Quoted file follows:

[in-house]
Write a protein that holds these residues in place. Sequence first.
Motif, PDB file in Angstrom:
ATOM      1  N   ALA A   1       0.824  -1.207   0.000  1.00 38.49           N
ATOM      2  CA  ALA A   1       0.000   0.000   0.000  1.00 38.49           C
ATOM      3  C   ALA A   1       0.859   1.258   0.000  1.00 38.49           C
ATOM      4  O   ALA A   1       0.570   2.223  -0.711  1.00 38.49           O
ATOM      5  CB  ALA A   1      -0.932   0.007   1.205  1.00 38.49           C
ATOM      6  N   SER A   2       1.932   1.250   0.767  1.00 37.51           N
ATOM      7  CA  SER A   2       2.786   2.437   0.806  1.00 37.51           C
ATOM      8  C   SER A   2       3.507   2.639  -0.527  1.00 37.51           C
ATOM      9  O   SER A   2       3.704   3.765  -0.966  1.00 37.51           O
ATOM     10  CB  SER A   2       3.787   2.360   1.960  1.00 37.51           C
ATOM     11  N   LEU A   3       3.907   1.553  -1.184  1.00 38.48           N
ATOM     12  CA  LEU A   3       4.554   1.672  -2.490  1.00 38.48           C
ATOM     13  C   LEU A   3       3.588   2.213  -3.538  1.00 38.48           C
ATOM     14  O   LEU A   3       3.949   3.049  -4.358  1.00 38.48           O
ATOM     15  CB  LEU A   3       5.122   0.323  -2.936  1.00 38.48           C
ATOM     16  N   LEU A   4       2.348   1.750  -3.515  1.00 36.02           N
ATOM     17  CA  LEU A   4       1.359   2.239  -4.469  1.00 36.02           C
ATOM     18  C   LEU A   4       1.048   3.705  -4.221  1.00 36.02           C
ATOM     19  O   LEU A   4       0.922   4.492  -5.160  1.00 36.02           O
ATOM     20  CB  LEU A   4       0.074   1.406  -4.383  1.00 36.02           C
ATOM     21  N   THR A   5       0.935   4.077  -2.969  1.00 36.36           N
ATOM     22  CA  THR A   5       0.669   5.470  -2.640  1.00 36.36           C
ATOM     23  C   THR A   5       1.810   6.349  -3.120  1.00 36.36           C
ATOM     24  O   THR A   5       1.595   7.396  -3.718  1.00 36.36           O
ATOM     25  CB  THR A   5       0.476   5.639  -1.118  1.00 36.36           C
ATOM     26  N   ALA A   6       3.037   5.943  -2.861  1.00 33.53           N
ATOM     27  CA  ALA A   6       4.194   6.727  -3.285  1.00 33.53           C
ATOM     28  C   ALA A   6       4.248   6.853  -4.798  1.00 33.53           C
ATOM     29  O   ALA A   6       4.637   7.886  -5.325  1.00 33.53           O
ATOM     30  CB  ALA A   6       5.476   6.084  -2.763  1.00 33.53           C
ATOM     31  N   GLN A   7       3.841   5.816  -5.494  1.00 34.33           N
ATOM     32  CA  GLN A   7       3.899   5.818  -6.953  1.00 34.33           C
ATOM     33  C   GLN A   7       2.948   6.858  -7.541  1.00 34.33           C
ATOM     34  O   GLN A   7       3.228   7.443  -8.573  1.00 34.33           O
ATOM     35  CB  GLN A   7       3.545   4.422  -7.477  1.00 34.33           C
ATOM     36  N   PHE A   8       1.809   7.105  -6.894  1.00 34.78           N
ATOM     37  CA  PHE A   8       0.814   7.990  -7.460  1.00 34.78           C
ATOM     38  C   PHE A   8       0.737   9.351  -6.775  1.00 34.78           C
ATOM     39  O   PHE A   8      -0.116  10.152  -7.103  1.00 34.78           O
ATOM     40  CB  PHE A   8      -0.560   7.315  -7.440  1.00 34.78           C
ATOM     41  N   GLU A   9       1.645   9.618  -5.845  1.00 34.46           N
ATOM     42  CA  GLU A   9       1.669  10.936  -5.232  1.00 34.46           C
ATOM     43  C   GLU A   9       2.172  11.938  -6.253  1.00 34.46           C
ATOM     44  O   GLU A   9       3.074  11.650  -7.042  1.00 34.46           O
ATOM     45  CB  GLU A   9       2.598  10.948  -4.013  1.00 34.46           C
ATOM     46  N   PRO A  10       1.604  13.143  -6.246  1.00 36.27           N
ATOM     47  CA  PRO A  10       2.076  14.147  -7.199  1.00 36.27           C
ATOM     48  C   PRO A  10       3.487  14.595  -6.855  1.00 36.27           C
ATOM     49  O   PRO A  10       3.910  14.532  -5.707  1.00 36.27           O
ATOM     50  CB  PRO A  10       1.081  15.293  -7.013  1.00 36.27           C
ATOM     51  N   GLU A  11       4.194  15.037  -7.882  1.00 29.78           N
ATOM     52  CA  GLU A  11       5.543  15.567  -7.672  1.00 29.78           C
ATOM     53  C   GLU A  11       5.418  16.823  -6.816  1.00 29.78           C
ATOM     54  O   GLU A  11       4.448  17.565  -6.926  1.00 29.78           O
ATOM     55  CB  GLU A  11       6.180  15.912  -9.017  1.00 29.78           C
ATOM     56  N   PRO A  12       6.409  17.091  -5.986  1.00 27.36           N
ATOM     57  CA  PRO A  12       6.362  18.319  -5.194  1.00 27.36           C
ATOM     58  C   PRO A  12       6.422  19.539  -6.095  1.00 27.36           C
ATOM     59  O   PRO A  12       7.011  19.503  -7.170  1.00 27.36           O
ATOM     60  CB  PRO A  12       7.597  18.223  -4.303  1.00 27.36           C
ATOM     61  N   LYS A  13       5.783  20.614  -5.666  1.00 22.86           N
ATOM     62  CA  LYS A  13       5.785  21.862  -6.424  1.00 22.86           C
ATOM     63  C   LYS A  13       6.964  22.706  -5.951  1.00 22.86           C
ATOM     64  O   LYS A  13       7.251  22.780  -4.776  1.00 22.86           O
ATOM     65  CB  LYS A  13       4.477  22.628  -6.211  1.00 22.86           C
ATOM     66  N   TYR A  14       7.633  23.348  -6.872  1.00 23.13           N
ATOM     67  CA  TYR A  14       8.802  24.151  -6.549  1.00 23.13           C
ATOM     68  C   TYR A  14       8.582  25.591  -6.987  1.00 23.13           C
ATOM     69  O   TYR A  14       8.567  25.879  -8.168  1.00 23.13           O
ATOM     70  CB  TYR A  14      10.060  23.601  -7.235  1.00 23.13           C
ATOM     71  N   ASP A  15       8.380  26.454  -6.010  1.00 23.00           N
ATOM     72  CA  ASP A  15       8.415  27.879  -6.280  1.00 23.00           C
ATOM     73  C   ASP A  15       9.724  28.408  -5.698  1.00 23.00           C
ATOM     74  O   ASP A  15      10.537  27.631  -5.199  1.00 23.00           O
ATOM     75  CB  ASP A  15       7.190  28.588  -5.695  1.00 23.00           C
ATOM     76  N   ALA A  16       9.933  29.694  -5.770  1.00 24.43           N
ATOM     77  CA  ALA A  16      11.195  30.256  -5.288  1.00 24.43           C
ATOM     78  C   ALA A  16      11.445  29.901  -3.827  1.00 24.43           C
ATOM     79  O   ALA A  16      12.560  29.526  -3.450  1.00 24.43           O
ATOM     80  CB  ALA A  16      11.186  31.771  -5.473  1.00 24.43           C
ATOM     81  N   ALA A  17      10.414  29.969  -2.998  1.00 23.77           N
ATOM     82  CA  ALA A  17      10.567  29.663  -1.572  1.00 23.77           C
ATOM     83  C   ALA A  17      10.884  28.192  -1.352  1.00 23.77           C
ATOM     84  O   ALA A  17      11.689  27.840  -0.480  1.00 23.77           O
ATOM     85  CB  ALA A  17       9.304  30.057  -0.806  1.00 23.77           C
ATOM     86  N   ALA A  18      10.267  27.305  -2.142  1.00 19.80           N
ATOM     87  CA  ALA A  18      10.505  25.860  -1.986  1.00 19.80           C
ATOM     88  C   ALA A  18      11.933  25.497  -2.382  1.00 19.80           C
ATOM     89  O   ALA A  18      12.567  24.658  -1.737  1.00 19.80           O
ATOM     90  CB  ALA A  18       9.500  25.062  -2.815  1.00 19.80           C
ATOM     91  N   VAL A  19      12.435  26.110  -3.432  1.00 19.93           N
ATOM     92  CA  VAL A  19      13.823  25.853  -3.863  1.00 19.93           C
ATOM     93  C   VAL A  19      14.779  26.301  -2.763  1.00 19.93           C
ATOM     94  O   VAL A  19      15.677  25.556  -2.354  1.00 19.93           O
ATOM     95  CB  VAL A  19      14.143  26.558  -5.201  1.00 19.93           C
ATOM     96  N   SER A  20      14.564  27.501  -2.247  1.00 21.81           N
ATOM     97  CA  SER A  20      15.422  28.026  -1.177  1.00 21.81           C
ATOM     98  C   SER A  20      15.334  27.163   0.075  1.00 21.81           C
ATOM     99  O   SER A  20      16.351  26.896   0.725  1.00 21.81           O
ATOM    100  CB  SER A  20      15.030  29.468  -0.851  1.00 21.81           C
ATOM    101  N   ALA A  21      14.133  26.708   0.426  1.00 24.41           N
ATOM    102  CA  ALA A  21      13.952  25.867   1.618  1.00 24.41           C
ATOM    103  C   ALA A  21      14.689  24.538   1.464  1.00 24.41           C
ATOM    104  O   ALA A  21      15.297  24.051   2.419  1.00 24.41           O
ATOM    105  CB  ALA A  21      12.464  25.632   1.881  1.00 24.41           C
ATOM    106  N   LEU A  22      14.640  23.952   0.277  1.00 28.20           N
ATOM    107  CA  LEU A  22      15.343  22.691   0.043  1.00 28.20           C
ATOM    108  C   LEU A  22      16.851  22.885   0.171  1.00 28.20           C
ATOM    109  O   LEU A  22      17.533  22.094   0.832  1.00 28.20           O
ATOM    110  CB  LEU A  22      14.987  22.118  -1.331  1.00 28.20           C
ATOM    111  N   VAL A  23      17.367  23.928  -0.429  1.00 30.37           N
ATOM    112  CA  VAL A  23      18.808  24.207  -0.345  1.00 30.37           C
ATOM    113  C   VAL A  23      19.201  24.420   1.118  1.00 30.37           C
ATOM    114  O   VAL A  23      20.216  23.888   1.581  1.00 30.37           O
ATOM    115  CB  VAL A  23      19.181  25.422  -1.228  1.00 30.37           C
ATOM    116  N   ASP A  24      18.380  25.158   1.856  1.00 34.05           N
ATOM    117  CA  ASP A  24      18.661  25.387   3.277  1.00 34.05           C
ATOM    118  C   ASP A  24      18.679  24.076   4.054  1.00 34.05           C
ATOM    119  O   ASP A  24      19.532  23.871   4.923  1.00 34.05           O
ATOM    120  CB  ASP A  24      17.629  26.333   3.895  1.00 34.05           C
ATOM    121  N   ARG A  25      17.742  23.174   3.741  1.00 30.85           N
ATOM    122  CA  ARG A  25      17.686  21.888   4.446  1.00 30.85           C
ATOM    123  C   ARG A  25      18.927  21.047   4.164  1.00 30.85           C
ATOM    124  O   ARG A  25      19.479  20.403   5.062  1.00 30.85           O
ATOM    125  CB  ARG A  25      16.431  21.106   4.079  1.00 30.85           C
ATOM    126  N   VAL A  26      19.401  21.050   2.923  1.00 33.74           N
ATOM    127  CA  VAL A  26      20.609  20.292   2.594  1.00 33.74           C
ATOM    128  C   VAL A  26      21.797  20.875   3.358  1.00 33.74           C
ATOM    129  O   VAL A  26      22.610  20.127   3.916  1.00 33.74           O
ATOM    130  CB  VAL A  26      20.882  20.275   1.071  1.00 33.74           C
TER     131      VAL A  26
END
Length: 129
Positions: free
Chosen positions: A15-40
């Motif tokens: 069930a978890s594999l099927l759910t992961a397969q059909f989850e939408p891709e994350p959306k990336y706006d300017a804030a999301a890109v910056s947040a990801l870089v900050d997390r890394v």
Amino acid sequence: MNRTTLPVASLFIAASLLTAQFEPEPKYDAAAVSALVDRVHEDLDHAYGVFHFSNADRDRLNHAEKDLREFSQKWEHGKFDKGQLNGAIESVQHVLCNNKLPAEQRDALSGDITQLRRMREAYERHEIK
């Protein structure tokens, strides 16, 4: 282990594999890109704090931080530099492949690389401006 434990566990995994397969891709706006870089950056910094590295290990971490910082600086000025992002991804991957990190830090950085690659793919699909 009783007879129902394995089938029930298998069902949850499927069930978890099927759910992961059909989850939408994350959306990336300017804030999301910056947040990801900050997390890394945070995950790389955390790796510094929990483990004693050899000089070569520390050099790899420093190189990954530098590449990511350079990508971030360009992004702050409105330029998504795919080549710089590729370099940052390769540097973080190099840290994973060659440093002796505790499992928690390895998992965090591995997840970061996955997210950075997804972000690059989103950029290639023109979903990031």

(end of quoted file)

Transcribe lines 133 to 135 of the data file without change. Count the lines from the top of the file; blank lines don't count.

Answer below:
ATOM    130  CB  VAL A  26      20.882  20.275   1.071  1.00 33.74           C
TER     131      VAL A  26
END